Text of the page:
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Universal Facility Location
 in Proc. of ESA ’03
, 2003
"... In the Universal Facility Location problem we are given a set of demand points and a set of facilities. ..."
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In the Universal Facility Location problem we are given a set of demand points and a set of facilities.
The pmedian problem: A survey of metaheuristic approaches
 European J Operational Research 179 927
, 2007
"... The pmedian problem, like most location problems, is classified as NPhard, and so, heuristic methods are usually used for solving it. The pmedian problem is a basic discrete location problem with real application that have been widely used to test heuristics. Metaheuristics are frameworks for bui ..."
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Cited by 25 (2 self)
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The pmedian problem, like most location problems, is classified as NPhard, and so, heuristic methods are usually used for solving it. The pmedian problem is a basic discrete location problem with real application that have been widely used to test heuristics. Metaheuristics are frameworks for building heuristics. In this survey, we examine the pmedian, with the aim of providing an overview on advances in solving it using recent procedures based on metaheuristic rules.
Valid inequalities and facets of the capacitated plant location problem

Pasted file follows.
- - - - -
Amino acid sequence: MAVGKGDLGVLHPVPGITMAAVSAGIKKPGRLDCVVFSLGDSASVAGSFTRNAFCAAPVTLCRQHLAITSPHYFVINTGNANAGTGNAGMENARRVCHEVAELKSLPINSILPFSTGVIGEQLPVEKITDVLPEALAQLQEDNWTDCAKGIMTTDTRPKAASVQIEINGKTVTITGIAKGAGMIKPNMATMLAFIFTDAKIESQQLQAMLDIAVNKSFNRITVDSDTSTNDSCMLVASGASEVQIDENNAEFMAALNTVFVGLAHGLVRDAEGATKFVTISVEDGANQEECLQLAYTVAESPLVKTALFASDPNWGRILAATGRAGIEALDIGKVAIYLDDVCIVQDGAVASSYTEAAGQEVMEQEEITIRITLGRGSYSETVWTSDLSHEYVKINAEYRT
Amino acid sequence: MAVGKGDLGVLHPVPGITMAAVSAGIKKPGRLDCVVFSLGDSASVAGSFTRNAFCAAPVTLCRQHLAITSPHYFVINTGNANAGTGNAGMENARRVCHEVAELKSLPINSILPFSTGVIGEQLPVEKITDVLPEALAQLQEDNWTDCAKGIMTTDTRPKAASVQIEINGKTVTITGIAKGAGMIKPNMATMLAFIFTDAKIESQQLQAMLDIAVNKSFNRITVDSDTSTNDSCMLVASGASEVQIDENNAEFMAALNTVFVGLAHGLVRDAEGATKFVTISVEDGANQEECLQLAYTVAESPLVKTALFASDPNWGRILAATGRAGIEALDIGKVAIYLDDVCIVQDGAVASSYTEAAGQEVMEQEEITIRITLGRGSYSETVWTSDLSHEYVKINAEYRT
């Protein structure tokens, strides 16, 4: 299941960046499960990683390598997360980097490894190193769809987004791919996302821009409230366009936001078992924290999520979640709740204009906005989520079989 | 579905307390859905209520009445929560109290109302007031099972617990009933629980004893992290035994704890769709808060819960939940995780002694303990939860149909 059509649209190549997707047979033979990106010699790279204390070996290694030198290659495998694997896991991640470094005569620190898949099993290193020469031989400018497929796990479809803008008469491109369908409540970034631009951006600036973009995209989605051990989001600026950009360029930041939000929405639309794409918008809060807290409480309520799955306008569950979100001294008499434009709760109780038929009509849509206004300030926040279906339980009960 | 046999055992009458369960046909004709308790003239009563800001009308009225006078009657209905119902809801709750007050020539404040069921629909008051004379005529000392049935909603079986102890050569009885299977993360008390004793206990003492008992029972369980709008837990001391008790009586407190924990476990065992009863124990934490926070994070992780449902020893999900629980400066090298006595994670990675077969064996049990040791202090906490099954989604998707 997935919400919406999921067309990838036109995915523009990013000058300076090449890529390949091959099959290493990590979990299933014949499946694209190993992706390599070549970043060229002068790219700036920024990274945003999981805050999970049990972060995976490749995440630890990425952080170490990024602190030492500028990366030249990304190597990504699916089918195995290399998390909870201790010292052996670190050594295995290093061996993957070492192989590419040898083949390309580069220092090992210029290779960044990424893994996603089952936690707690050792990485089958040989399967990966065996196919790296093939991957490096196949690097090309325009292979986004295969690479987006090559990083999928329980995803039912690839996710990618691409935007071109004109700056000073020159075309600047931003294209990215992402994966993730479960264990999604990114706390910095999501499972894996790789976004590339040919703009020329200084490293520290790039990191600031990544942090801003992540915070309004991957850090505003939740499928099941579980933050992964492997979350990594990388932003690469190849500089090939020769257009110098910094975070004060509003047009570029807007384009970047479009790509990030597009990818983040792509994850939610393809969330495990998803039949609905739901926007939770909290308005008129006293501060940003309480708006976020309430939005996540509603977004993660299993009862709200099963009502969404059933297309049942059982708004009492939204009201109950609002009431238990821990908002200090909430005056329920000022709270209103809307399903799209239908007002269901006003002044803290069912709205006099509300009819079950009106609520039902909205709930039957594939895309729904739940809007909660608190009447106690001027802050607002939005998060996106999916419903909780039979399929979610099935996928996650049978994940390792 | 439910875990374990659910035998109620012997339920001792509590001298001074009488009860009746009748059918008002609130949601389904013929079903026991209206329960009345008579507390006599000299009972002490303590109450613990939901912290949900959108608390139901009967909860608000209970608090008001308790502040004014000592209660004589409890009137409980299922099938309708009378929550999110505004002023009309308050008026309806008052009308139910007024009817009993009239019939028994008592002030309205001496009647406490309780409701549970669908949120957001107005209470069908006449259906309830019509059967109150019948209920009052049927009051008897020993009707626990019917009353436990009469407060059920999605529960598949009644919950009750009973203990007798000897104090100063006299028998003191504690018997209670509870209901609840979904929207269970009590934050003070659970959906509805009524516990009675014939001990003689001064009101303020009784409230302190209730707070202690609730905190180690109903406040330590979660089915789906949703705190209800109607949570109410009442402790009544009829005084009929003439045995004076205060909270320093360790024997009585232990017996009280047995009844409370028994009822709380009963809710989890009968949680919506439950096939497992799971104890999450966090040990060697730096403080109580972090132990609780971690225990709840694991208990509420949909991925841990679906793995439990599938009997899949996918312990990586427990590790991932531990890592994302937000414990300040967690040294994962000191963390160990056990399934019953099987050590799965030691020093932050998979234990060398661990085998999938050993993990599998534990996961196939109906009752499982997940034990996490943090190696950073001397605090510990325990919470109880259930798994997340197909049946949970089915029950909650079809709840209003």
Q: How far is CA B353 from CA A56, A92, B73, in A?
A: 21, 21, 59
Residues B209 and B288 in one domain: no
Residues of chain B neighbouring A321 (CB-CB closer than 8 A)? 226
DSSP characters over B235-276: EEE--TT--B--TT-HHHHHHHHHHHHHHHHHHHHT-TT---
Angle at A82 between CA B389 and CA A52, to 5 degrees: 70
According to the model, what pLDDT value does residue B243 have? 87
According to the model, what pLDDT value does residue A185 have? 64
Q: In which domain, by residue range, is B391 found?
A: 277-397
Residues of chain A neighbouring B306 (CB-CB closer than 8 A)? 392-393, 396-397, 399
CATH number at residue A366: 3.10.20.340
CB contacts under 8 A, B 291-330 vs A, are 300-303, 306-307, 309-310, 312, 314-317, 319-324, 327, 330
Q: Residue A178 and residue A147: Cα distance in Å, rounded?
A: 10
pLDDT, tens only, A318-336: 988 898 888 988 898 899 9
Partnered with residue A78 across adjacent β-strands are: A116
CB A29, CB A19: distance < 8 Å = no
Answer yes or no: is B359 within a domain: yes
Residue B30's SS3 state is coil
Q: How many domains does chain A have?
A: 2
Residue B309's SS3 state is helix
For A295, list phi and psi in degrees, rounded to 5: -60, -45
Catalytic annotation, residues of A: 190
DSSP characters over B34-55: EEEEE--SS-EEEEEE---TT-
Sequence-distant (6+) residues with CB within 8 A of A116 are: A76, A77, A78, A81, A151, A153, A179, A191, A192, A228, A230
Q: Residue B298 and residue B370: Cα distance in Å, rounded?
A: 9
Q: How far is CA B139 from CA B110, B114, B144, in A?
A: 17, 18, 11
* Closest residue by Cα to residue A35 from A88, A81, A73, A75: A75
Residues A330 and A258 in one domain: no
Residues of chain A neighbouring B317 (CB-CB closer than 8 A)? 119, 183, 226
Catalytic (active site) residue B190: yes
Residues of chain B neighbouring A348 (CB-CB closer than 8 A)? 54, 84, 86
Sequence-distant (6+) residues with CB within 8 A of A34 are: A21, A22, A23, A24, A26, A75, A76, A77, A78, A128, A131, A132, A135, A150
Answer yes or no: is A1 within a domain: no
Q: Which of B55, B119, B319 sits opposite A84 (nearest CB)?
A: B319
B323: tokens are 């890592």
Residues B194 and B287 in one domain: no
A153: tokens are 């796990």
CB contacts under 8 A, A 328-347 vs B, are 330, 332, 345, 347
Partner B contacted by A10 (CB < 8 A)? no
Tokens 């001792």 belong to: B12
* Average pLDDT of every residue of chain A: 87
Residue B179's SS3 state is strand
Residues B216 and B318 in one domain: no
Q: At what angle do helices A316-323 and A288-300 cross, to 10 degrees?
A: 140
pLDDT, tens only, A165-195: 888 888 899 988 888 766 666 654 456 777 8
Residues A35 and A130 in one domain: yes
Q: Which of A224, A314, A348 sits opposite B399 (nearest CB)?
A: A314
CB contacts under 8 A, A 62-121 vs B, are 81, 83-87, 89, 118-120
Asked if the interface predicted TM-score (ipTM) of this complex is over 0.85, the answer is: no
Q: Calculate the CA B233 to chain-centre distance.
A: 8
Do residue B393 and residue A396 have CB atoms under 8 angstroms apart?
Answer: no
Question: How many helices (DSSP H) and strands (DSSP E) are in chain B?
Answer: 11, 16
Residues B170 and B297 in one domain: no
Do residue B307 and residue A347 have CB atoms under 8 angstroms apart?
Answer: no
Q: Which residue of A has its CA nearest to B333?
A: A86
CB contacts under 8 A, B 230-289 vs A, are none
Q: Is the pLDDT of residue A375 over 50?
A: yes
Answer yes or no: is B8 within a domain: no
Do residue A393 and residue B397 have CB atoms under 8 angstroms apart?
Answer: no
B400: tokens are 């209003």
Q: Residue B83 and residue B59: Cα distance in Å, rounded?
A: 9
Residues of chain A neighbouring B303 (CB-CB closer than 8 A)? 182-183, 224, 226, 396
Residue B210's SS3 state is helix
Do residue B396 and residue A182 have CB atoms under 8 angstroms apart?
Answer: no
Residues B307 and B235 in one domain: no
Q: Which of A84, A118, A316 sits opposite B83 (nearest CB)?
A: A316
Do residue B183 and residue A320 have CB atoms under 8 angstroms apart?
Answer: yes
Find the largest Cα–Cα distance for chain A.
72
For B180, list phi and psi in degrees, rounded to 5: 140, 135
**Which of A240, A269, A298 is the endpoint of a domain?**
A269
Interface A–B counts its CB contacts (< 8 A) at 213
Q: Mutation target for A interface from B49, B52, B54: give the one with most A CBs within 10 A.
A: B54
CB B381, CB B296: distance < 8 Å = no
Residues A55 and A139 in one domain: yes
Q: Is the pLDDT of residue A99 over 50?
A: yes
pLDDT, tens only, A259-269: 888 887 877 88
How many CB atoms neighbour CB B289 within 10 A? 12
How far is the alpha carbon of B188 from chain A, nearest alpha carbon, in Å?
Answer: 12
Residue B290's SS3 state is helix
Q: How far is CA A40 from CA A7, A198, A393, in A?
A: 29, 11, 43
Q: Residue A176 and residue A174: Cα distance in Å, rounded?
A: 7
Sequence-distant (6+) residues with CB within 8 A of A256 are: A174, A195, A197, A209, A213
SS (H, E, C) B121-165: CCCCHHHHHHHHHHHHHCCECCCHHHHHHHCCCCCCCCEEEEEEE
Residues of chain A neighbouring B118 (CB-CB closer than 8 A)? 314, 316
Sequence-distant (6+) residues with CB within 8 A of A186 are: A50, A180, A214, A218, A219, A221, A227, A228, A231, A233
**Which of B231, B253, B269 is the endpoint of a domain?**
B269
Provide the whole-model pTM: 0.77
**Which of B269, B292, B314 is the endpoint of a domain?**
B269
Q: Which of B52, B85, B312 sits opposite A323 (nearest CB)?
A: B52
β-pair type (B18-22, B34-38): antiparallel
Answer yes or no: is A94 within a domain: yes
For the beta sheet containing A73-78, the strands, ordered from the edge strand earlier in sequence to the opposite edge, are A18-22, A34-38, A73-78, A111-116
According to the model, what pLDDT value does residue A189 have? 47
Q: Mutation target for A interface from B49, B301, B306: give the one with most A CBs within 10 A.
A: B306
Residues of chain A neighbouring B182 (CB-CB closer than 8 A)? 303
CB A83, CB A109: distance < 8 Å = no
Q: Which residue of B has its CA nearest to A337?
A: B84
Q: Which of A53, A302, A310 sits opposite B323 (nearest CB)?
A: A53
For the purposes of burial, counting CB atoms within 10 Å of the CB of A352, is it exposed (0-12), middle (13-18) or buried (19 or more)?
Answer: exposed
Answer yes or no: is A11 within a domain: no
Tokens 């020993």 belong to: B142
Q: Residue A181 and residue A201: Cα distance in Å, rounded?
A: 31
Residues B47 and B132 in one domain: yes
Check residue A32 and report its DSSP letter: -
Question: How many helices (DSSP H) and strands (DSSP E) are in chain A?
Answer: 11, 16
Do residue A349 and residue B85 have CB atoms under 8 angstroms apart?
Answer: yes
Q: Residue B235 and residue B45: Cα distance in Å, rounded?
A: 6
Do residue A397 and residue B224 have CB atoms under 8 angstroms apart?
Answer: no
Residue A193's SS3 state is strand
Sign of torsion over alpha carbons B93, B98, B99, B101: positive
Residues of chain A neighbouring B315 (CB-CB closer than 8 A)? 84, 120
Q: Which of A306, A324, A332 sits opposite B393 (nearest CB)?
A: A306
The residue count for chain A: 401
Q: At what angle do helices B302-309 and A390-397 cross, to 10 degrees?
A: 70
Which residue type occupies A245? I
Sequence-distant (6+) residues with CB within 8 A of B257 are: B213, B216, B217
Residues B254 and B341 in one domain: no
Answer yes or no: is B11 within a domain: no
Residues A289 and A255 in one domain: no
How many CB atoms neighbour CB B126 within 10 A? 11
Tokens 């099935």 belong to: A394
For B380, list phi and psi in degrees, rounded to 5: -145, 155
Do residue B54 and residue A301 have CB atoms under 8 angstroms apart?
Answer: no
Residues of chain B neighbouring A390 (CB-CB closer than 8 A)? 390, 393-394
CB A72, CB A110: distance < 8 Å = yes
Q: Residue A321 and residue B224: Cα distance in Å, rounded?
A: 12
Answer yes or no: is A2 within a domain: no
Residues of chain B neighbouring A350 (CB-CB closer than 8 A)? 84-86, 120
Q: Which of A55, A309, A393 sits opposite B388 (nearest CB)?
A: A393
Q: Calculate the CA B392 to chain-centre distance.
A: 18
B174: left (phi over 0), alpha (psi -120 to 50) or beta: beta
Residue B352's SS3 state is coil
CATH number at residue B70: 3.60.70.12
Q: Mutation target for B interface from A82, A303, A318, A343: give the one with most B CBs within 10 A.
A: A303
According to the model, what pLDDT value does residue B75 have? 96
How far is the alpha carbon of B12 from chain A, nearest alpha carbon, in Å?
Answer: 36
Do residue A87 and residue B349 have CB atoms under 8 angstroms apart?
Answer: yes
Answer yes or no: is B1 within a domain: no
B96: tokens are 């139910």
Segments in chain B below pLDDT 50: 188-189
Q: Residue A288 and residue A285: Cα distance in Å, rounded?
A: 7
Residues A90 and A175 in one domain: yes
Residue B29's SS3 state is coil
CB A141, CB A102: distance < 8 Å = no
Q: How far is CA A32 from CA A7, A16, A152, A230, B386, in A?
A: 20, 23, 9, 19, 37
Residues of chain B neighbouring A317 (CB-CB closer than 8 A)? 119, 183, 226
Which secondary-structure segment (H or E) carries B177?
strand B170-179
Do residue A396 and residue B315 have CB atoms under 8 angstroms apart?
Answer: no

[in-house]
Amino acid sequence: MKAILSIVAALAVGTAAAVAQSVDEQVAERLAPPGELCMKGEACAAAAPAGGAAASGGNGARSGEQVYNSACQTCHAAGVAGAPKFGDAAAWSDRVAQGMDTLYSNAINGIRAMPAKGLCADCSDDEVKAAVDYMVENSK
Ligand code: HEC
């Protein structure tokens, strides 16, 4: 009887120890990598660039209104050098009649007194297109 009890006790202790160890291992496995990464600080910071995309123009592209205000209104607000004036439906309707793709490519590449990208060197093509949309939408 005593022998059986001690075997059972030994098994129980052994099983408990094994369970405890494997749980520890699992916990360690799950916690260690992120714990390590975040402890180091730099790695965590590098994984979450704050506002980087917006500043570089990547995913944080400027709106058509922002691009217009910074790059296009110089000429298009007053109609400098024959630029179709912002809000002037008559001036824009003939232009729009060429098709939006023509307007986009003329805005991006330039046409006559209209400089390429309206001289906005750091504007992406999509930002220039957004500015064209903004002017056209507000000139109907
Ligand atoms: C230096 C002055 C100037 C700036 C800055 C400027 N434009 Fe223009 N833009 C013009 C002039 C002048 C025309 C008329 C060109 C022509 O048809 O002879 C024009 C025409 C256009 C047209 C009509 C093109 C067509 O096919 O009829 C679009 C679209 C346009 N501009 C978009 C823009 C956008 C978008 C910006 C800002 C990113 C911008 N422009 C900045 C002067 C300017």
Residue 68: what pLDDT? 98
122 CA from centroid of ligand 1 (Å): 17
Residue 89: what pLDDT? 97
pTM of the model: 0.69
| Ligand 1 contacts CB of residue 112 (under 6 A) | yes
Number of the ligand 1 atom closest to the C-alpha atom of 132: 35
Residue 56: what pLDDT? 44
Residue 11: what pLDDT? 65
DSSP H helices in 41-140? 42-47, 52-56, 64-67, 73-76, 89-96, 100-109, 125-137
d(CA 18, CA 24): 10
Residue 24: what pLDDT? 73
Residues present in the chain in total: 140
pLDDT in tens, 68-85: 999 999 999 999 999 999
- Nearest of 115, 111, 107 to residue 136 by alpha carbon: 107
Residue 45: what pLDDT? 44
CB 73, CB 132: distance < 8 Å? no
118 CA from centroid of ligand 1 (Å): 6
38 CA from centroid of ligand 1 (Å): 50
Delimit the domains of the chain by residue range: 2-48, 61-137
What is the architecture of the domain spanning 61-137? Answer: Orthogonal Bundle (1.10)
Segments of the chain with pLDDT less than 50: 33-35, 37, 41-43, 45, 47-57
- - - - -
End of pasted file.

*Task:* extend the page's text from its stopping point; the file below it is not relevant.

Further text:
Mathematical Programming
, 1989
"... Recently, several successful applications of strong cutting plane methods to combinatorial optimization problems have renewed interest in cutting plane methods, and polyhedral characterizations, of integer programming problems. In this paper, we investigate the polyhedral structure of the capacitate ..."
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Recently, several successful applications of strong cutting plane methods to combinatorial optimization problems have renewed interest in cutting plane methods, and polyhedral characterizations, of integer programming problems. In this paper, we investigate the polyhedral structure of the capacitated plant location problem. Our purpose is to identify facets and valid inequalities for a wide range of capacitated fixed charge problems that contain this prototype problem as a substructure. The first part of the paper introduces a family of facets for a version of the capacitated plant location problem with constant capacity K for all plants. These facet inequalities depend on K and thus differ fundamentally from the valid inequalities for the uncapacitated version of the problem. We also introduce a second formulation for a model with indivisible customer demand and show that it is equivalent to a vertex packing problem on a derived graph. We identify facets and valid inequalities for this version of the problem by applying known results for the vertex packing polytope.
AFFINITY PROPAGATION: CLUSTERING DATA BY PASSING MESSAGES
, 2009
"... Clustering data by identifying a subset of representative examples is important for detecting patterns in data and in processing sensory signals. Such “exemplars ” can be found by randomly choosing an initial subset of data points as exemplars and then iteratively refining it, but this works well on ..."